If there’s a theme, what is it? Thematically, is this you trying to make sense of Brexit Britain, Trump’s America, and all that? There’s clearly a political message to be had about this Tower of Babel (as you might expect from an artist who in 2016 composed and sang ‘I Love EU’ to support the Remain campaign in the UK European Membership Referendum).
“Yeah, it’s not a concept record, and there’s no one theme, but that was definitely affecting my mental state during the making of it! And the lyrics reflect what seemed to me at the time to be a very frustrating time to be alive.
I was reading about your father’s world outlook (Ioan Bowen Rees, 1929/99, ‘poet, essayist, polemicist, mountaineer, internationalist … and a White Robe Druid of the Gorsedd of Bards’), seemingly a proud Welshman but not a great one for nationalism. That appears to be your standpoint too. I see you with a true sense of national identity but can’t see you holding out to the idea of hard borders and all that.
“Yeah … I definitely think it’s healthy to have cultural exchanges, and I suppose a lot of the songs are about the rise of popularism and delusional politicians … and musicians!”
At the same time, you seem to have come some way from your early days with Super Furry Animals and more in-your-face singles like The Man Don’t Give a Fuck. And in a sense the subtlety in your current material gives your message just as much of an impact.
“Yes, it’s hard for me to be objective but it’s difficult not to make the same record over and over again … no matter how hard I try. I’m trying to work on my songs and I still feel I’ve got some way to go with songwriting and getting words to fit properly in the songs.”
I won’t dwell too much on the earlier years here (although it’s about time this website carried a feature on that whole wondrous scene), but was there a genuine feeling of being part of some kind of movement of Welsh bands in the ‘90s, along with the likes of Catatonia and Manic Street Preachers, inspired by ‘80s trailblazers like Anhrefn?
“Erm, we were definitely inspired and helped by those bands and actively helped by the Manics as well, taking us on tour. We were very close to Catatonia, sharing a lot, including a kind of ambition. And bands like Anhrefn in a way pioneered everything and were our kind of political education as youngsters.”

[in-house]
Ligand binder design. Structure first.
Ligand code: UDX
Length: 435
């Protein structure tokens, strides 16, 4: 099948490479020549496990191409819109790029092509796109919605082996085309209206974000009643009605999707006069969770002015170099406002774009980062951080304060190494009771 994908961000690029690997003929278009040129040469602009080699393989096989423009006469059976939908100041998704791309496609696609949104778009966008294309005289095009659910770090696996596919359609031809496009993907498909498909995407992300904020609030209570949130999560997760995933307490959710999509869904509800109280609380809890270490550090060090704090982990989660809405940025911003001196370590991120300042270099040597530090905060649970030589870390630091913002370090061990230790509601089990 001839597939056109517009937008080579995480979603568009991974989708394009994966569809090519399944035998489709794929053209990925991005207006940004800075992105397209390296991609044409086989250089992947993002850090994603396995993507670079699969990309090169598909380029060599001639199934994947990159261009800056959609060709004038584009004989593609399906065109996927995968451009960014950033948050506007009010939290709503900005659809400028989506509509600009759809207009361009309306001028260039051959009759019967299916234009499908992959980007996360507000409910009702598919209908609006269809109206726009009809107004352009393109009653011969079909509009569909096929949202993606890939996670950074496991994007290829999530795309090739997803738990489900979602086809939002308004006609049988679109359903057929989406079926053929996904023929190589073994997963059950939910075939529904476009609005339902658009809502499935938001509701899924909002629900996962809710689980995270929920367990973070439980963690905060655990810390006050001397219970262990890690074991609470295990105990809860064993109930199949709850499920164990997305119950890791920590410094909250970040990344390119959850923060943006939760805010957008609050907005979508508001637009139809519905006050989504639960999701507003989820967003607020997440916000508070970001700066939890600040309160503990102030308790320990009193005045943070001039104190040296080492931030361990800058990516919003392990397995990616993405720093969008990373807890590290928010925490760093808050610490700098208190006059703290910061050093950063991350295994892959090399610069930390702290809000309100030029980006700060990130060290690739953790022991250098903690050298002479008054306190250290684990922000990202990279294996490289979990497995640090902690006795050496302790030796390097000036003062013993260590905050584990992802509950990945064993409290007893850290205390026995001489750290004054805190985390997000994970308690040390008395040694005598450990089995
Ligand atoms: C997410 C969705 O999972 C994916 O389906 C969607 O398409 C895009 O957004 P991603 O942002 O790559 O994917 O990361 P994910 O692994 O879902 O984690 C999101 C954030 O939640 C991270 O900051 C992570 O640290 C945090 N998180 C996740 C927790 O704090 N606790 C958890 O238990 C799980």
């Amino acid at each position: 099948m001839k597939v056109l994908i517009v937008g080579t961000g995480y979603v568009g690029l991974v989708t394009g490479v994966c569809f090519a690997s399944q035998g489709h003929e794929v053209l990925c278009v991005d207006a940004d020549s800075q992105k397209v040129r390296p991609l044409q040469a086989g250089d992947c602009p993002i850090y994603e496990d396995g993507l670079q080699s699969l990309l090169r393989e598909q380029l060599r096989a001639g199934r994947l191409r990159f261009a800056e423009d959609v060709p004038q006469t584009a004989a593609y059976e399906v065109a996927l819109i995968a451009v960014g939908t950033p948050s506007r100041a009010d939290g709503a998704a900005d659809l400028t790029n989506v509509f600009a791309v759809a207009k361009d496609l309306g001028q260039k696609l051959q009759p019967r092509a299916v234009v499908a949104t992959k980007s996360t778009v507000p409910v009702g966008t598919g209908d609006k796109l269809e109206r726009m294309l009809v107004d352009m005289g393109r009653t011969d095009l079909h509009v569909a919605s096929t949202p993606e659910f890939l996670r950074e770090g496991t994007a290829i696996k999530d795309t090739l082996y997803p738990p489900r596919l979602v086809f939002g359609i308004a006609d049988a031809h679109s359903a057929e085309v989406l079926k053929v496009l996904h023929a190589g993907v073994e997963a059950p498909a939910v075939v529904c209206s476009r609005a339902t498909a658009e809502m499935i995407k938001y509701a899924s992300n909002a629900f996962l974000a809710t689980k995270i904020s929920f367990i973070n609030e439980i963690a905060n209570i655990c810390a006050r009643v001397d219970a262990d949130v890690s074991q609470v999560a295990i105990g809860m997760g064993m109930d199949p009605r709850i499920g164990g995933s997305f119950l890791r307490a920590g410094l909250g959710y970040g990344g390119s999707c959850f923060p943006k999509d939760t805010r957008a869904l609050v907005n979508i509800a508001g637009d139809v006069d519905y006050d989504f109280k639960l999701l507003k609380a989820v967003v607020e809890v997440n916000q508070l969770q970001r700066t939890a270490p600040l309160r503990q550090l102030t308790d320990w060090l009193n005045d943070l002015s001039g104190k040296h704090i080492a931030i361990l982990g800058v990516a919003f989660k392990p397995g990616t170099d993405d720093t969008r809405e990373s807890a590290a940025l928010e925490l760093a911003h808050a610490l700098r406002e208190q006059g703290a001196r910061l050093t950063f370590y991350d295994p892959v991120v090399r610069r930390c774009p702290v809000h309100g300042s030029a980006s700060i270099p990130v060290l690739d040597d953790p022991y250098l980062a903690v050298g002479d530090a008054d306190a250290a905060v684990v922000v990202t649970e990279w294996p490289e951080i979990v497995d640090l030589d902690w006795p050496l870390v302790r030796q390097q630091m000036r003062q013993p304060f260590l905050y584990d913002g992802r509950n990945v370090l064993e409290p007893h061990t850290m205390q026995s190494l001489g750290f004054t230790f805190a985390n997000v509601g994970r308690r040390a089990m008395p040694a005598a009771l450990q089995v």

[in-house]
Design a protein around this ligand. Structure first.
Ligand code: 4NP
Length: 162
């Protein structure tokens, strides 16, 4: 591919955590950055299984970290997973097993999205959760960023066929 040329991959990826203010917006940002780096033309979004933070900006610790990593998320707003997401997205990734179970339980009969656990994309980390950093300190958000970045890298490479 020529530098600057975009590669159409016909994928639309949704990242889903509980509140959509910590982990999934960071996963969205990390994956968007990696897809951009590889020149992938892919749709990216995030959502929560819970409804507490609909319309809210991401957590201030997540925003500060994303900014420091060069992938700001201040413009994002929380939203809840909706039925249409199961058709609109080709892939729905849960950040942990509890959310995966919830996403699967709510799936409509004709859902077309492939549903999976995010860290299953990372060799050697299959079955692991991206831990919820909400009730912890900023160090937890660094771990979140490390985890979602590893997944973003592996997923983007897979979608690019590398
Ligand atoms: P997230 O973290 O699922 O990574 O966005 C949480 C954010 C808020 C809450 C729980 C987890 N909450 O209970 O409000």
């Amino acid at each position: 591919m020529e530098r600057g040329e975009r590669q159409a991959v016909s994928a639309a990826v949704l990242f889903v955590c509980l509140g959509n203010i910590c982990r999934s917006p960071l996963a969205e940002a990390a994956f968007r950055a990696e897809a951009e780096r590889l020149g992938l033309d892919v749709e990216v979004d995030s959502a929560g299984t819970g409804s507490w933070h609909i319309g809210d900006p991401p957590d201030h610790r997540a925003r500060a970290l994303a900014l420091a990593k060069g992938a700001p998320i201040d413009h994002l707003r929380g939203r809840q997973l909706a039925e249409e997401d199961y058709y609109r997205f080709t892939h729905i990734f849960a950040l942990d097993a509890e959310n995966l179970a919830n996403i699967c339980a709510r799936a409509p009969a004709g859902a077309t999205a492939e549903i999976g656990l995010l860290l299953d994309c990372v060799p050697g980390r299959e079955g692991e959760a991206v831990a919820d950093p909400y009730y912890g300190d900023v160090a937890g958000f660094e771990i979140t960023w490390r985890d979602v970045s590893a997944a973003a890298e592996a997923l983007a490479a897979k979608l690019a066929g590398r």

And I guess I shouldn’t really be surprised at the direction you’ve taken over the years. That song-craft was always there with Super Furry Animals. 2001’s sublime ‘Juxtaposed With U’ for example having something of an Elvis Costello feel, vocally and melodically.
Incidentally, when I first heard this LP I was thinking of the likes of Scott Walker, in the same way that someone like Jarvis Cocker might interpret him. But then I thought again and felt that perhaps it was more like a lost Kinks album, with a real Ray Davies vibe.
“Well, I’ve listened to thousands of records and suppose the songs on this record and how they’ve been played is quite old school. I didn’t set out to make it Ray Davies sounding, but it’s not far-fetched in that I’m dealing with orchestral pop music and some kind of lyrical, social commentary.”
Meanwhile, there remains a lot of love out there for your work, and it seems that concert ticket sales are going really well, including a few sell-outs on your forthcoming UK and European tour.
“Yes, it’s quite exciting, and I’m going to be doing the tour with the core of the band I played with on the record, so it’s going to be true to those takes. And I’ve rarely been able to play a whole album live.
“Usually in the studio I’m really into production techniques and experimenting and sometimes that means songs are hard to play live, and sometimes were never played live in the studio. So to be able to perform live this album, playing it in order all the way through and playing every song on guitar …”
I was wondering about that. You recorded the LP with the BBC National Orchestra of Wales (NOW), but your Barbican Centre show is with the London Contemporary Orchestra and the Manchester show with the RNCM Orchestra. Are the core of the autumn dates with the NOW?
“They played on the album and I played with them – a full 72-piece orchestra – in June in Cardiff, but we’ve also done a mini-version for about 24 musicians so we’re going to do that in London, and Stephen McNeff is going to conduct. Then we’re doing two nights in Manchester.”
Gruff also revealed how the Royal Northern College of Music shows involved special guests, being joined on Saturday, September 15th by H. Hawkline, who’s played guitar for Cate Le Bon and records for Heavenly Records in his own right, while the Sunday, September 16th show will involve 9 Bach’s Lisa Jen Brown. Has Gruff played that Manchester concert hall before?
“I played there before on my own, so this will be a little different, with about 30 of us on stage!”
“Yeah, I’ve been writing lots. At the time of Babelsberg I could only write bleak songs, lyrically, and it seems everything’s going worse by the minute in political life, but I seem to be out of that patch, into something quite a bit different.”
Well, you say bleak, but there’s something quite beguiling about the music that brings the listener through, not least on his post-apocalyptic duet with actor and supermodel Lily Cole on closer ‘Selfies in the Sunset’, If we’re all going to go out under a mushroom cloud, surely that’s not a bad way to go.